Large-scale war games conducted by Nato and Russia increase the likelihood of a military clash between the two superpowers, according to a report.
The European Leadership Network (ELN) think tank urged both sides to open communications to improve the transparency of their military activities, wind down the scale of their military exercises and negotiate a treaty limiting the kind of weaponry permitted on their borders.
"Each exercise is seen as provocative by the other side and feeding a dynamic of distrust and unpredictability," Ian Kearns, ELN's director, said. "Everyone is focusing on the deterrent value of big exercises, but there is a downside and that is the risk factor. Politicians have to show political judgment and restraint about when is the right time to scale down what could be a spiralling sequence of exercises."
The report, entitled 'Preparing for the worst: Are Russian and Nato military exercises making war in Europe more likely?', focuses on the Russian military exercises in March – in which 80,000 personnel from bases around the country were mobilised – and Nato's Allied Shield air, sea and land war games in June – in which 15,000 personnel from 22 countries took part.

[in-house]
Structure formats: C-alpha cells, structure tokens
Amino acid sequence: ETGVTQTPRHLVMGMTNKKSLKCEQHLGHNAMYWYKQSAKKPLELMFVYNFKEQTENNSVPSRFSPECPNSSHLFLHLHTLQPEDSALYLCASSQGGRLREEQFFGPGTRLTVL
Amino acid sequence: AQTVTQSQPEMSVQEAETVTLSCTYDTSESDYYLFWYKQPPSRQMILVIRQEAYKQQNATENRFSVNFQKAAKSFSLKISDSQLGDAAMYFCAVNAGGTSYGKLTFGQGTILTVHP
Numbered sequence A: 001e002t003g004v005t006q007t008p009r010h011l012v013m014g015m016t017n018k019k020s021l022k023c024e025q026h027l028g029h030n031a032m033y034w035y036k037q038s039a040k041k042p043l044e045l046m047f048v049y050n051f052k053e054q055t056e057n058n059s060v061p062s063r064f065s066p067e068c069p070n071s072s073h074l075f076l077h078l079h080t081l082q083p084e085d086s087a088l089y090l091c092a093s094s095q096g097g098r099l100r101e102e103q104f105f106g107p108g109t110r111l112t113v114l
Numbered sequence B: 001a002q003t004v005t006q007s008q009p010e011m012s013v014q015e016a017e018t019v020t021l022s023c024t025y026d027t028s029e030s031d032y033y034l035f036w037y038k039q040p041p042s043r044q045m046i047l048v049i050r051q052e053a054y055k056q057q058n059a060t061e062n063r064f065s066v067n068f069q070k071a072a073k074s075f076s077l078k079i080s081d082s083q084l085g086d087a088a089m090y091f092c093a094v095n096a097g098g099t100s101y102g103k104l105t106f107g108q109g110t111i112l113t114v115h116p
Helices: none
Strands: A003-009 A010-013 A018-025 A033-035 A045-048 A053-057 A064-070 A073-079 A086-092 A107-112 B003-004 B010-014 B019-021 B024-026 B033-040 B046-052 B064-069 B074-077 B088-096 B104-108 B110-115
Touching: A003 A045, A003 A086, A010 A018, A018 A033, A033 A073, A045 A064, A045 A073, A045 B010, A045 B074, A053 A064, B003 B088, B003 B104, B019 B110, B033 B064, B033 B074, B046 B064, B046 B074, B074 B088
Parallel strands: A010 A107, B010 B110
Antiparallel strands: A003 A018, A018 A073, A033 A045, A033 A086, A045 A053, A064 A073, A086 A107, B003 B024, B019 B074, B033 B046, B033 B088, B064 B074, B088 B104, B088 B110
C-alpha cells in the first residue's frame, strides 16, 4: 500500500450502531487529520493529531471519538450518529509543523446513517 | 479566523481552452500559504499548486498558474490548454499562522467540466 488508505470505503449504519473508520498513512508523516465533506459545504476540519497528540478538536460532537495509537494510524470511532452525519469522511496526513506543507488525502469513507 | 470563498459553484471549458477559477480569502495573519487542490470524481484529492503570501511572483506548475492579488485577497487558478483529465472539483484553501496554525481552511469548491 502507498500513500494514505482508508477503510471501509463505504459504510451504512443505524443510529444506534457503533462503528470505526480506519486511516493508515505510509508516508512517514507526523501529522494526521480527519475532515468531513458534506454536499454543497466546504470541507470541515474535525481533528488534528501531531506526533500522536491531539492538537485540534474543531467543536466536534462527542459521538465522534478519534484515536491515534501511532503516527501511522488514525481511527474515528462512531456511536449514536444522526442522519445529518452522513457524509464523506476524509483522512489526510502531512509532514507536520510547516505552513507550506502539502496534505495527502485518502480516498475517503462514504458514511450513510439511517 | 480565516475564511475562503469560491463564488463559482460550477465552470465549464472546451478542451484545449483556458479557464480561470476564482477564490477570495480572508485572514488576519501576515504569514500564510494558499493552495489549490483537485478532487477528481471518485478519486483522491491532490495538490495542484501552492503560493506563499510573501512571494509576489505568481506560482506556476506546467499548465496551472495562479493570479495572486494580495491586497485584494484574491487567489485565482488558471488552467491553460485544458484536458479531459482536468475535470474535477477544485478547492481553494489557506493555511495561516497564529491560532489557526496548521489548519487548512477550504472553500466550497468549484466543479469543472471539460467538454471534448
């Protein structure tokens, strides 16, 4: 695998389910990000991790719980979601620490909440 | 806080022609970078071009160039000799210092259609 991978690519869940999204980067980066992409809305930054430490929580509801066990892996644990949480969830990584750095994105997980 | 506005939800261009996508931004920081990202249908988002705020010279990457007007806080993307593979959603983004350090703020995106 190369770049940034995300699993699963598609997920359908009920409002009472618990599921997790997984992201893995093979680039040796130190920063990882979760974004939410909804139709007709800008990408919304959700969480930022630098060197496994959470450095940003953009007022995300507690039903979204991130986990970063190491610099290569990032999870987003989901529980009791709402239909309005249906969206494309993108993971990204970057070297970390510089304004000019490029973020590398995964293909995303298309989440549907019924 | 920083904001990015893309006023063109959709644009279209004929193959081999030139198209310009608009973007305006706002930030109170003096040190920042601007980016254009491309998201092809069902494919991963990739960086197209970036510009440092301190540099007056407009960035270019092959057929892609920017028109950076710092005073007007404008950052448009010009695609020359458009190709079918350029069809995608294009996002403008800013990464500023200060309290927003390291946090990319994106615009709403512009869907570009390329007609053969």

"Both exercises show that each side is training with the other side's capabilities and most likely war plans in mind," the report said. "Whilst spokespeople may maintain that these operations are targeted against hypothetical opponents, the nature and scale of them indicate otherwise: Russia is preparing for a conflict with Nato, and Nato is preparing for a possible confrontation with Russia."
The report argues that Russia's practice of not giving notice of its exercises risked unintended clashes.
"These tensions are further aggravated and elevated into a sense of unpredictability when the exercises are not pre-notified or publicly announced beforehand, as is apparently the case with a number of Russian exercises," said the report.